Most sports in Cyprus see clubs changing coaches every season or even after a bad defeat and futsal doesn’t differ that much, although over the last few seasons there has been a gradual shift to younger coaches.
Koullis Mavroudis, 34, of Omonoia, Ttomis Chrysostomou, 35, of Parnassos, George Kyriacou, 31, of SPE and 33-year-old Pampos Christoforou of APOEL are the coaches of the current top four teams in the first division. This shows the enormous faith clubs have shown in promoting from within, as is the case with Omonoia and Parnassos but also of taking a relatively inexperienced coach, the case with APOEL and SPE and giving them the chance to prove themselves.
“I thought being coach was going to be easier than it actually was,” said Omonia’s Mavroudis. “From the first day that I took over I promised myself I was going to work hard and prove to myself and the people in charge that I could be successful.”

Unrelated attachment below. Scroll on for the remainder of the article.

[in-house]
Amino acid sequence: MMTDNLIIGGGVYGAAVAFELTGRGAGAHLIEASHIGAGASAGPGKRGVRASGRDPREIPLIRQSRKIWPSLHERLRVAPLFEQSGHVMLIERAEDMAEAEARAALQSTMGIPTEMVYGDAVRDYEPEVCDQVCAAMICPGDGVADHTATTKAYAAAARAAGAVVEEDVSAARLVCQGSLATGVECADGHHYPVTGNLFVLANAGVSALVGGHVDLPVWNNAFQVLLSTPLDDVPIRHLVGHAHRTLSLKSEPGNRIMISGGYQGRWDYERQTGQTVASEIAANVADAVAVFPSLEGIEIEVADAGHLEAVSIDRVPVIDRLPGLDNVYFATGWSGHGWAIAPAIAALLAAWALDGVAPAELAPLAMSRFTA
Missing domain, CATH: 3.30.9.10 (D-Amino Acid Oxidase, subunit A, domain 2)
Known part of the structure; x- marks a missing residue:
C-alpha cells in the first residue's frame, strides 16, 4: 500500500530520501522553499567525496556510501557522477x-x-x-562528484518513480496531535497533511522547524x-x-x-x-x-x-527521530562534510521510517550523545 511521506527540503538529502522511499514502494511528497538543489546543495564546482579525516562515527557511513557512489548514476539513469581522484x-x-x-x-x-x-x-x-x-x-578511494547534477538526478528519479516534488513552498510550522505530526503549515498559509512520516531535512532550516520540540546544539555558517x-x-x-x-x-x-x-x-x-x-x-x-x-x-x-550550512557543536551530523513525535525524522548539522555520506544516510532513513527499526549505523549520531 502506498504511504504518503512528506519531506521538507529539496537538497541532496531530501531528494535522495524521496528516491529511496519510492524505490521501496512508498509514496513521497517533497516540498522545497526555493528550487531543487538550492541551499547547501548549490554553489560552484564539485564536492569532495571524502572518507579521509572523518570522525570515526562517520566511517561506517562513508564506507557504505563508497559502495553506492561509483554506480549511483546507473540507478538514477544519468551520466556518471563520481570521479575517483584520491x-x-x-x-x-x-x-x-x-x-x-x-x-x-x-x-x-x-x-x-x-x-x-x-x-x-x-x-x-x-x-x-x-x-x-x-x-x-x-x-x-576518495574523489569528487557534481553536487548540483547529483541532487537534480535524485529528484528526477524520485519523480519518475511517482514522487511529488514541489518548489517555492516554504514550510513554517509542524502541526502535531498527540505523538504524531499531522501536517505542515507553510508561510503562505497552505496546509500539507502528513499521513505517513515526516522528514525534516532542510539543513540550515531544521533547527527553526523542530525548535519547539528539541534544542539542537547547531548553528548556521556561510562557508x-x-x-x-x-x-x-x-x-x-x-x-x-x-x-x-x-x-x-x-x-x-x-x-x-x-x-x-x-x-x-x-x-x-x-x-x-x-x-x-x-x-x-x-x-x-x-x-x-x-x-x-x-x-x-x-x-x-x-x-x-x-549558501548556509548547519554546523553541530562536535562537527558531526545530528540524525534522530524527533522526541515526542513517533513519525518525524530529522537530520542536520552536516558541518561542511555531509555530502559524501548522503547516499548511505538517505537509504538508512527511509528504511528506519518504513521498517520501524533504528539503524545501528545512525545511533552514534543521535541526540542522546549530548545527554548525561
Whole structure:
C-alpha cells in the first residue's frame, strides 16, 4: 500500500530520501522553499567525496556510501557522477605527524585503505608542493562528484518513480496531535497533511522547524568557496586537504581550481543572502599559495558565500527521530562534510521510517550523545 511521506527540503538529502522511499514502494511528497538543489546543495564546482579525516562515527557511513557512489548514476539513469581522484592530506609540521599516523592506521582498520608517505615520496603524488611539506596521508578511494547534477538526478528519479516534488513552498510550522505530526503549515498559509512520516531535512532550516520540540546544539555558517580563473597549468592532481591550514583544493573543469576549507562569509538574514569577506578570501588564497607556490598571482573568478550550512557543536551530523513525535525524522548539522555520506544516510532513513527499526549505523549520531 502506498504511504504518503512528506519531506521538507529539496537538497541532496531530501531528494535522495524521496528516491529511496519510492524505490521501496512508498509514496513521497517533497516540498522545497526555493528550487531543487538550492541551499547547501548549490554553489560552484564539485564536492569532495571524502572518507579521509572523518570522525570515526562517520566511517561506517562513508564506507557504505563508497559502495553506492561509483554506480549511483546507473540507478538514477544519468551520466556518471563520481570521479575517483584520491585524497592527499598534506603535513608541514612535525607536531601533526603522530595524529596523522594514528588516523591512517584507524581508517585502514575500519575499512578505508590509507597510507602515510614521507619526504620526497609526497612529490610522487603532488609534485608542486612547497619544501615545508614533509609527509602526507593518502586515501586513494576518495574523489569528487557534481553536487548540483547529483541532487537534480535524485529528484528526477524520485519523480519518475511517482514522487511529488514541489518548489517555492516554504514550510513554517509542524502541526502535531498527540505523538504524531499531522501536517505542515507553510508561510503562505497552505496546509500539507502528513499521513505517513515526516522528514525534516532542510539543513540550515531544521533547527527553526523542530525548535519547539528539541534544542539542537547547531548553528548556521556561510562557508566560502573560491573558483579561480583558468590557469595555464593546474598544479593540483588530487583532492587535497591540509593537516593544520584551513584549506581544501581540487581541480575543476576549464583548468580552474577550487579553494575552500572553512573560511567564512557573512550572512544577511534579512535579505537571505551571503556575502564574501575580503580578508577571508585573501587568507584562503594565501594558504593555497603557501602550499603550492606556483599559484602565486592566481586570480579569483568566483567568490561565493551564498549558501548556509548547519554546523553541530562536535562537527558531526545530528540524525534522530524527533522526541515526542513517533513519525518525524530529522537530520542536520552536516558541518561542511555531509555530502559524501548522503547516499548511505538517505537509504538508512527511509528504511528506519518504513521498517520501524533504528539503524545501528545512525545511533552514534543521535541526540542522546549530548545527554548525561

Mavroudis had a tough act to follow last season, following in the footsteps of Karol Costanian who had won the double the previous season. He succeeded despite having his doubters, breaking world futsal records for least amount of goals conceded on the way to winning the double himself.
“I didn’t succeed on my own. I owe a huge debt of gratitude to my players and to the committee for showing their faith in me,” he said.
Peter Stevenson currently plays in the second tier of Cyprus futsal with Elpida Astromeriti. He has played for Cyprus College and Ararat, winning the double and reaching the last 16 of Europe with the latter. He also served as assistant coach of Ararat last season and has always taken an active role in the futsal community on the island.